A Will is a legal document that says what you want to happen to your property when you die. In addition, if you have young children, your Will can say who you want to take over your decision-making role for them and care of them.

It is important to make a Will because it can help reduce the financial and emotional stress on your whānau after your death. It can also help reduce the risk of arguments about your “estate” - your money, possessions, and debts.

In a Will, your property is described as your “estate”.

Common pātai about Wills

A Will contains your instructions about what you want done with your “estate” and how you want your dependents (partner, children etc) to be looked after Other Matters.

If you have a written Will, it is more likely that what you want to happen when you die will actually happen eg. that your dependent children will be provided for, and what happens to any property and treasured possessions you may own.

It is important to make a Will and you can do it at any time. Even if you don’t own big assets like a house, over time people build up possessions that have financial or sentimental value, such as money in a bank account, a car, furniture, household goods, a life insurance policy, taonga, jewellery etc.

You can also say in your Will how you would like your tangihanga or funeral to be carried out. When making decisions about tangihanga or funerals, it is important that you talk to your whānau about what you want.

It is especially important to make a Will when you marry or get into a civil union or de facto relationship, or when you have children.

If you marry or get into a civil union: any Will made before that relationship is automatically cancelled (“revoked”) unless when you made the Will you were thinking about (“contemplating”) marriage or a civil union. If that is the case, you should say that in your Will.

If you get into a de facto relationship: any Will made before the relationship is not cancelled (“revoked”). This means that if the Will leaves property to someone other than your current partner, it remains valid. This may disadvantage your

de-facto partner.

If your relationship ends: you should update your Will because:

Ending a marriage or civil union: if you are separated or intend to end the marriage or civil union when you die, the provisions in your Will relating to your partner remain valid until the court makes a formal separation order or the marriage/civil union is legally dissolved (you are “divorced”). You need to change your Will if you don’t want your ‘ex’ or intended ex-partner to inherit any part of your property.

De facto relationships: ending a de facto relationship does not cancel the provisions in your Will that relate to your (now) ex-partner. If you do not want your ex-partner to inherit your property, you need to change your Will.

Guardianship of children

Although you are not required to, if you have young children, it is a good idea to name a guardian in your Will. This person/s is called a testamentary guardian. Their role will be to take over some of your decision-making responsibilities regarding your dependent children if you die.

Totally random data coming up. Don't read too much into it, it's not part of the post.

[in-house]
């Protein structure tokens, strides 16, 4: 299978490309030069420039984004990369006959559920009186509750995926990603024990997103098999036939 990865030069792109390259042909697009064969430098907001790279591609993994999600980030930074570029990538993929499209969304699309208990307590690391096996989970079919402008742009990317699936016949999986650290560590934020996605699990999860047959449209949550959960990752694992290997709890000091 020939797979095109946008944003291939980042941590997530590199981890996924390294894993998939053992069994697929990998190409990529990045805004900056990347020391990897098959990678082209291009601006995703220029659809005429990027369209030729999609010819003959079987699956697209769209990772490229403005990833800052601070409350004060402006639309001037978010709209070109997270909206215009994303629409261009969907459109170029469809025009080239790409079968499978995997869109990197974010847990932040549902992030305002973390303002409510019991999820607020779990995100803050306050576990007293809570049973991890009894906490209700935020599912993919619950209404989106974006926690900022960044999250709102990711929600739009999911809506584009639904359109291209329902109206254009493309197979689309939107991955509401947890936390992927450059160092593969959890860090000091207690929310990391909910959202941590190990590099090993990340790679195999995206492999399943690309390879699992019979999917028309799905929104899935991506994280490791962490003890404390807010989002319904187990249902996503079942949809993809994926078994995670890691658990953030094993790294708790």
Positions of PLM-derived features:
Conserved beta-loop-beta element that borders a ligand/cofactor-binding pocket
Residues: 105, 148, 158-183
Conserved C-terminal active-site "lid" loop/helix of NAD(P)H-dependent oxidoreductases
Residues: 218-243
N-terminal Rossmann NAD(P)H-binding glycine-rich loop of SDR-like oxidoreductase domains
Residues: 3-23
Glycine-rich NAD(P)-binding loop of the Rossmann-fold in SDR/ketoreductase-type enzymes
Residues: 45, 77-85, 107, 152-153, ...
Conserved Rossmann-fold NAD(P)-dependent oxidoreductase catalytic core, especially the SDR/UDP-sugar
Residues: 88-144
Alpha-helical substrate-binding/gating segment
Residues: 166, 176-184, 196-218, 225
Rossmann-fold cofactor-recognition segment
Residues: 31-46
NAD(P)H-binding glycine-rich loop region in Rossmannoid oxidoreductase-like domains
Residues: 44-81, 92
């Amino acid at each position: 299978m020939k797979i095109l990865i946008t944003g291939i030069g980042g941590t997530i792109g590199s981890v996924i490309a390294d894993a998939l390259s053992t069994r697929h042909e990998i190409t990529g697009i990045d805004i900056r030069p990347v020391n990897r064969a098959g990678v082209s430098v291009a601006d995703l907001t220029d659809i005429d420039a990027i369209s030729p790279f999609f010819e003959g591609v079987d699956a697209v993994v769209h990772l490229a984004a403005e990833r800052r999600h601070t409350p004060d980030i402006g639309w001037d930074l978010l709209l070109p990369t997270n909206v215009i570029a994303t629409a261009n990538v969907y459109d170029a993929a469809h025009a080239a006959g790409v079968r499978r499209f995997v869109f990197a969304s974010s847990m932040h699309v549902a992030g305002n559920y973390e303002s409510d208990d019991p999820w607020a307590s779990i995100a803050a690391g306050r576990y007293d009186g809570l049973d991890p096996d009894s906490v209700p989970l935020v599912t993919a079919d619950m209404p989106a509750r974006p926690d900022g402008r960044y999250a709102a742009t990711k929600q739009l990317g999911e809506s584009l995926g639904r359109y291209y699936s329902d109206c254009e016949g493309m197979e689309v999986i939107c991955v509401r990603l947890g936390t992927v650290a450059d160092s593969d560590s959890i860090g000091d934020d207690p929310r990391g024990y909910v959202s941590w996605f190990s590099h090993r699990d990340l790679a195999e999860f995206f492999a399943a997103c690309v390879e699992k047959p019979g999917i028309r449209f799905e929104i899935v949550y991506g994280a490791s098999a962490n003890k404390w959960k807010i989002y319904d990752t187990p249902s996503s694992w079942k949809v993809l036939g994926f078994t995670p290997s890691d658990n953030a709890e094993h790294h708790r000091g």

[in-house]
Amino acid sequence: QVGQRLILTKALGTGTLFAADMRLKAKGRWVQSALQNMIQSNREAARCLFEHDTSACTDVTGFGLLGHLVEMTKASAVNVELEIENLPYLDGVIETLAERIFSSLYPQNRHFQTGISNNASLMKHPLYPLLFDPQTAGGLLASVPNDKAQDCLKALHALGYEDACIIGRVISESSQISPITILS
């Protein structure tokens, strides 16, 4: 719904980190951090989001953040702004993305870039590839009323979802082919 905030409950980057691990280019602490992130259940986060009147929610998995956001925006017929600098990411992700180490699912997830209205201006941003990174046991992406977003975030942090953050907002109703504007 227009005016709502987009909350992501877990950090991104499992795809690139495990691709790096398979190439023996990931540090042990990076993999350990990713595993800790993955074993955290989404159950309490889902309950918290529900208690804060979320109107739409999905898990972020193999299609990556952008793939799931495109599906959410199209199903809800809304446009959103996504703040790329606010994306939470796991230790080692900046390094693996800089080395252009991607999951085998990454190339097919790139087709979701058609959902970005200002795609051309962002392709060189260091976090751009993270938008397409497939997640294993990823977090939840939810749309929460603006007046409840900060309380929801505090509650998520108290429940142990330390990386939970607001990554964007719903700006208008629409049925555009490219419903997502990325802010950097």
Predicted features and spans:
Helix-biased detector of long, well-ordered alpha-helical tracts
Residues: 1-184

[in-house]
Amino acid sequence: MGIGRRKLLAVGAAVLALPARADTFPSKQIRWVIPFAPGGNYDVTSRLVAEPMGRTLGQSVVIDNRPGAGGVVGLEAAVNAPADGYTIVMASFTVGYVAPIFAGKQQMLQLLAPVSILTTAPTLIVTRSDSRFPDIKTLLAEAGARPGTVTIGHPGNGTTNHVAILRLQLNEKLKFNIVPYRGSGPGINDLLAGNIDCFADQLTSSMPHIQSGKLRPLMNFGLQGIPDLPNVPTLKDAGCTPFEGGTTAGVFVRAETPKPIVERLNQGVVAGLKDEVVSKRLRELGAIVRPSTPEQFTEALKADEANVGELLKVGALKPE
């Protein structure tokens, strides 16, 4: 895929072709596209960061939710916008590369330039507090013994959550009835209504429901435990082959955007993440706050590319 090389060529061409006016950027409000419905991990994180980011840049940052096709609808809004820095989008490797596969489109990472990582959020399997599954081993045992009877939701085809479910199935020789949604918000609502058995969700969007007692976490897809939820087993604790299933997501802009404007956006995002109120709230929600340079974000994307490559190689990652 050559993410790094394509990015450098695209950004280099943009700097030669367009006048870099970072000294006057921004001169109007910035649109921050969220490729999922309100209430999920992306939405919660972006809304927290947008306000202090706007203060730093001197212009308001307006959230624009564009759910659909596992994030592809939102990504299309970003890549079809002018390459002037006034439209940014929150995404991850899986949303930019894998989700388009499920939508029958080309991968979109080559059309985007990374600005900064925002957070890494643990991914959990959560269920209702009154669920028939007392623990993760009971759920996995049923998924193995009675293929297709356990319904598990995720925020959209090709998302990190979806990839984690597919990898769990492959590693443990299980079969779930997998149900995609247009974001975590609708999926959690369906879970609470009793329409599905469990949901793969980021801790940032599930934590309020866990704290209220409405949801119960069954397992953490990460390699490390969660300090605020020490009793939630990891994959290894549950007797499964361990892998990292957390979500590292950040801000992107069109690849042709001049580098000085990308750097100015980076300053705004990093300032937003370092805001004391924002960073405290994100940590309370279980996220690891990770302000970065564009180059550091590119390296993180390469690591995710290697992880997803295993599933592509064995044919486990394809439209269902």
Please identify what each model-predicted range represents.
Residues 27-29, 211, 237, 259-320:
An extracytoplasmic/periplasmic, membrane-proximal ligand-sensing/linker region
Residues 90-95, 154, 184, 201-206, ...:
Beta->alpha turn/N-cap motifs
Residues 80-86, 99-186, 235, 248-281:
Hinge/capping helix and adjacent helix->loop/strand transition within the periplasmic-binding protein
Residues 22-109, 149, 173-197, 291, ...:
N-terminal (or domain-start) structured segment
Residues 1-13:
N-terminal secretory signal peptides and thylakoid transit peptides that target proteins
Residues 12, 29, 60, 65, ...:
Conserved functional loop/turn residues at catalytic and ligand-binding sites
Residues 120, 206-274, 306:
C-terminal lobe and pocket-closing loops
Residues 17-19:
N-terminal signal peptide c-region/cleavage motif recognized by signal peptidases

This is very important if you are your children’s sole guardian or in case both parents die at the same time. Testamentary guardians don’t necessarily care for the children, but they are responsible for making important decisions regarding the children’s upbringing.

If you die without a Will, the Administration Act says how your property will be distributed. Property usually goes to a surviving partner and immediate whānau in set amounts. If there are no whānau in the categories listed in the Administration Act, your property goes to the State (the government).

The law says what must be included and the way a Will must be set out. Whānau can get ‘Do-it-yourself’ kits, but these may not be suitable depending on how much property you have and what you want to do with that property. Whānau should consider getting legal advice including contacting the local community law centre.

Beneficiaries are the whānau or people who inherit your property. You can name anyone and any organisation you like as beneficiaries, however, there are circumstances in which whānau/people can challenge your Will.

For example, property is usually left to partners, children, possibly grandchildren and, in some cases, parents. If you choose not to leave any or very little property to your whānau, they may be able to file a claim under the Family Protection Act. The ability to challenge your Will also applies if you promised to leave a certain item or money to someone who has helped you and you don’t put it in your Will. That person can make a claim under the Law Reform (Testamentary Promises) Act.

When someone dies, their property is managed by personal representatives who you have named in your Will, or if there is no Will, they are appointed by the court. If appointed in your Will, they’re called executors. If the court appoints them, they’re called administrators.

Generally, the executor or administrator’s responsibilities are relatively simple: they find out what the assets and liabilities are, pay any debts, taxes, and duties out of the estate funds, and then distribute the balance to the beneficiaries according to the terms of the will or the Administration Act rules.

When there are claims made against the estate, it is important that whānau get some advice. The community law centre may be able to help.